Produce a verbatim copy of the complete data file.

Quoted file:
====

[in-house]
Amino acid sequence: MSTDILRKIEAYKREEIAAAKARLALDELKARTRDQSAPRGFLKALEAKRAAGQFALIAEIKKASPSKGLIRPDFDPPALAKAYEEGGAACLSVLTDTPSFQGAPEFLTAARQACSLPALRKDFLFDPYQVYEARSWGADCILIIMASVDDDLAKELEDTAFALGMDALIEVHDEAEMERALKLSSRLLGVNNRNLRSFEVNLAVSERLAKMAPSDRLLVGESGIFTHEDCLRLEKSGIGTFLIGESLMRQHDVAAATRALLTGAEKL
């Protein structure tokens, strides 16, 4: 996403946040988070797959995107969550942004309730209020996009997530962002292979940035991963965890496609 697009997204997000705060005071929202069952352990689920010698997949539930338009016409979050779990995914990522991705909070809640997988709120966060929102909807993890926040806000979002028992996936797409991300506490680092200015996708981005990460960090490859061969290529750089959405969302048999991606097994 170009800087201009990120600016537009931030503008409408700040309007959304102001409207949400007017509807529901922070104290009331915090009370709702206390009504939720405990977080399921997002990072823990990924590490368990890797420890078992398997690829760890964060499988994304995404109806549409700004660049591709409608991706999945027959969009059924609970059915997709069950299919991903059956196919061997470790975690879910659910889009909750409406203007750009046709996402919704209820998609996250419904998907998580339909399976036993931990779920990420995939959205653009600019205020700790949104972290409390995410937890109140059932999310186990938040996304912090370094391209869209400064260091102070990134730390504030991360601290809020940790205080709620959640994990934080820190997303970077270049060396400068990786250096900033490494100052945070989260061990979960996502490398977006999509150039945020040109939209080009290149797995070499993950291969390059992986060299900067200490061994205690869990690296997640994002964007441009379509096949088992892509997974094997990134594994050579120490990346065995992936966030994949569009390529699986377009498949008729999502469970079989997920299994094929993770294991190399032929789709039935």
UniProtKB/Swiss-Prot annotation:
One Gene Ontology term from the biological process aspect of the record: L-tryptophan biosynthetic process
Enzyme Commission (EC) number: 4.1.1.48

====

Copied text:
[in-house]
Amino acid sequence: MSTDILRKIEAYKREEIAAAKARLALDELKARTRDQSAPRGFLKALEAKRAAGQFALIAEIKKASPSKGLIRPDFDPPALAKAYEEGGAACLSVLTDTPSFQGAPEFLTAARQACSLPALRKDFLFDPYQVYEARSWGADCILIIMASVDDDLAKELEDTAFALGMDALIEVHDEAEMERALKLSSRLLGVNNRNLRSFEVNLAVSERLAKMAPSDRLLVGESGIFTHEDCLRLEKSGIGTFLIGESLMRQHDVAAATRALLTGAEKL
């Protein structure tokens, strides 16, 4: 996403946040988070797959995107969550942004309730209020996009997530962002292979940035991963965890496609 697009997204997000705060005071929202069952352990689920010698997949539930338009016409979050779990995914990522991705909070809640997988709120966060929102909807993890926040806000979002028992996936797409991300506490680092200015996708981005990460960090490859061969290529750089959405969302048999991606097994 170009800087201009990120600016537009931030503008409408700040309007959304102001409207949400007017509807529901922070104290009331915090009370709702206390009504939720405990977080399921997002990072823990990924590490368990890797420890078992398997690829760890964060499988994304995404109806549409700004660049591709409608991706999945027959969009059924609970059915997709069950299919991903059956196919061997470790975690879910659910889009909750409406203007750009046709996402919704209820998609996250419904998907998580339909399976036993931990779920990420995939959205653009600019205020700790949104972290409390995410937890109140059932999310186990938040996304912090370094391209869209400064260091102070990134730390504030991360601290809020940790205080709620959640994990934080820190997303970077270049060396400068990786250096900033490494100052945070989260061990979960996502490398977006999509150039945020040109939209080009290149797995070499993950291969390059992986060299900067200490061994205690869990690296997640994002964007441009379509096949088992892509997974094997990134594994050579120490990346065995992936966030994949569009390529699986377009498949008729999502469970079989997920299994094929993770294991190399032929789709039935």
UniProtKB/Swiss-Prot annotation:
One Gene Ontology term from the biological process aspect of the record: L-tryptophan biosynthetic process
Enzyme Commission (EC) number: 4.1.1.48